Nemzetiségi együttélés a Kárpát-medencében
András Keszei: People, Ethnicity, Religion. Classifying Hungarian Jewry in the First Half of the Nineteenth Century
The biggest challenge in classifying social groups is finding a durable definition. Besides the constantly changing scholarly approaches, this is primarily caused by the changeability of the social groups themselves. To resolve this double uncertainty, the present study proposes to use dynamic nominalism which places the emphasis on the changing realities of social phenomena and groups, as well as the factors that bring about these changes. Accordingly, a group may be presented in historiography as it is formulated by the members of the given group and outsiders, their authorities, institutions, professionals and intellectuals, often in response to each other’s definitions. Expressing the changes of the background, intellectual environment and aims of the actors and their definition, the groups are portrayed in motion. Based on this premise, the study traces the definitions of the Hungarian Jewry between the 1780s and 1848: this heterogeneous religious group, fragmented by internal conflict and interests, formed its own identity in response to the challenges posed by the external attitudes, expectations, the legal environment and major political programmes. The diversity of responses, ranging between accepting and rejecting urbanisation and Magyarisation, resulted in vast differences between the self-definitions and behaviours of specific actors, as well as in a social reality constructed as a group. In the case of the Jews, their national, ethnic and religious character, as well as the possibility to separate these aspects, was an important issue for the contemporaries. Between the last decades of the eighteenth century and 1848, the changes of economic, social and intellectual atmosphere alleviated the isolation and created a situation that demanded new strategies of self-definition from the Hungarian Jews.
Imre Tarafás: Ethnic Minorities in National History. The Representation of Ethnic Minorities in Hungarian Historical Surveys in the Age of Dualism
The study examines the representation of ethnic minorities in historical monographs written by Ignác Acsády, Lajos Baróti, Vilmos Fraknói, and Henrik Marczali in the Age of Dualism (1867–1918), as well as in the series edited by Sándor Szilágyi to commemorate the thousand-year anniversary of the Hungarian Kingdom in 1896. It focuses primarily on the historical vision stemming from the two main trends of the question of minorities – united political nation versus homogeneous nation state – as seen through the debate of Béla Grünwald and Michal Mudroň. The study continues with the marked role of the same issue in the programmatic texts of the increasingly institutionalising national historiography. After examining the careers of the selected historians and the circumstance of writing their works, the study analyses the representation of ethnic minorities in the narratives of the Magyar conquest of the Carpathian Basin and the 1848–1849 War of Independence, mainly focusing on the implicit definitions of the nation and the constructs formulated in opposition to minority narratives. Although there are differences between attitudes towards specific ethnic minorities, especially discernible in narratives about the War of Independence, the findings of the study suggest that the narratives correspond with those of the theoreticians of the nation state idea: they identify the concept of nation with ethnic and linguistic Hungarianness and represent ethnic minorities as passive participants in Hungarian history. It is, however, incorrect to label all the historians examined as wildly chauvinistic.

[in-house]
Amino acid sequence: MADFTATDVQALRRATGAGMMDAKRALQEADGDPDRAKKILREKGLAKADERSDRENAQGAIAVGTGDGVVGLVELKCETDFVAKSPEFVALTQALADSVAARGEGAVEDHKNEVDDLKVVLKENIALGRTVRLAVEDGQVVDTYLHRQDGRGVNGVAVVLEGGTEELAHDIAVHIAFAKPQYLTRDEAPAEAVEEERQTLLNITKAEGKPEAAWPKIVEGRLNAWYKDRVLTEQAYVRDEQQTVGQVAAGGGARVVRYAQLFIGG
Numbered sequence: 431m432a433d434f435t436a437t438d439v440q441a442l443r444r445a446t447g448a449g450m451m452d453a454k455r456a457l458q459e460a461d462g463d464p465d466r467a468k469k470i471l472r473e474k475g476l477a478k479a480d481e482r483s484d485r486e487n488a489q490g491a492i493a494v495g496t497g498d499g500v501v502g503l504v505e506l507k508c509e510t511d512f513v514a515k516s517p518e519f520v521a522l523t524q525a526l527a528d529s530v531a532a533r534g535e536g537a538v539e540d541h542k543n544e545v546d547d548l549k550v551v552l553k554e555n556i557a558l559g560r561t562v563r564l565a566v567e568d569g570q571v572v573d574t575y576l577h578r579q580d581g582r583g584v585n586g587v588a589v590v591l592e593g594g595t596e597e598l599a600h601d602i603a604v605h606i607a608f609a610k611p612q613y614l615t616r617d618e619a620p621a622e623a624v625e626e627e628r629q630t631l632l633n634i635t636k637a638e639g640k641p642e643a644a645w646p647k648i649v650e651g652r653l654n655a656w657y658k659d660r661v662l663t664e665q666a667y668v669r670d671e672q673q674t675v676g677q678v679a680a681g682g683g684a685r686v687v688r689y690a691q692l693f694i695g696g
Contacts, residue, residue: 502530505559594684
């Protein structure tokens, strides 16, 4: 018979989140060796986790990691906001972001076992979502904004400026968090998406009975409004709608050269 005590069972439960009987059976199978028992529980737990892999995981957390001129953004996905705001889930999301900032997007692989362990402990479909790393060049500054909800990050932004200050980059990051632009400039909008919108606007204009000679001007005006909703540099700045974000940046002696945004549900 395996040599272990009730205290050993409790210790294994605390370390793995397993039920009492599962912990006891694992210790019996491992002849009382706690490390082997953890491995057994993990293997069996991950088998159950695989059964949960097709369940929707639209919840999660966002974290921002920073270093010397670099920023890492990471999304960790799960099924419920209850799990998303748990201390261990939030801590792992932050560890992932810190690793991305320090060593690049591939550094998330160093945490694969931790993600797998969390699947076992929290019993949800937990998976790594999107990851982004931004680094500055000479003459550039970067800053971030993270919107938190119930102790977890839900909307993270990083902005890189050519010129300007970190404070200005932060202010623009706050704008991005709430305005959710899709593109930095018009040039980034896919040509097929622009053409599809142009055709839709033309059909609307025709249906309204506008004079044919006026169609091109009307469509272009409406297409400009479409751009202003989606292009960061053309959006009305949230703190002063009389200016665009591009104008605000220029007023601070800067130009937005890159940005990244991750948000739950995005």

Gábor Koloh: Parenthood in Völgység and Ormánság. The Comparative Fertility History of the Kismányok and Vajszló Districts (1790-1894)
The study is based on the comparative analysis of the birth control practices of the Protestant Hungarian population of the Ormánság region and the Lutheran German population of the Völgység region. The main research questions concern the regional and ethnocultural characteristics of parenthood in these regions. Besides the birth registers as the traditional primary source for family reconstruction, the study is also based on family books compiled by German researchers for some individual settlements. The geographical scope is limited to seven settlements in Ormánság, and three in Völgység. Similarly to the Hungarians in Ormánság, the German population of Southern Transdanubia also displays low fertility rates, which suggests the presence of conscious birth control well before the demographic transformations. The changes associated with the economic restructuring between the end of the eighteenth and the middle of the nineteenth century affected both the Hungarian and the German groups in a similar manner; and the decreasing tendency also continues well into the last three decades of the nineteenth century. The findings of the study suggest that birth control is a practice employed in response to a crisis situation, which in this case appears as a regional characteristic. While higher fertility rates among older German women are certainly in correlation with ethnocultural factors, this phenomenon is of a secondary significance in this particular region.
Loránd Balla: “The ethnic question is, as a matter of fact, a language question.” The Cultural Strategies of the Temesvár / Timișoara Association for the Promotion of the Hungarian Language in a Multi-Ethnic Town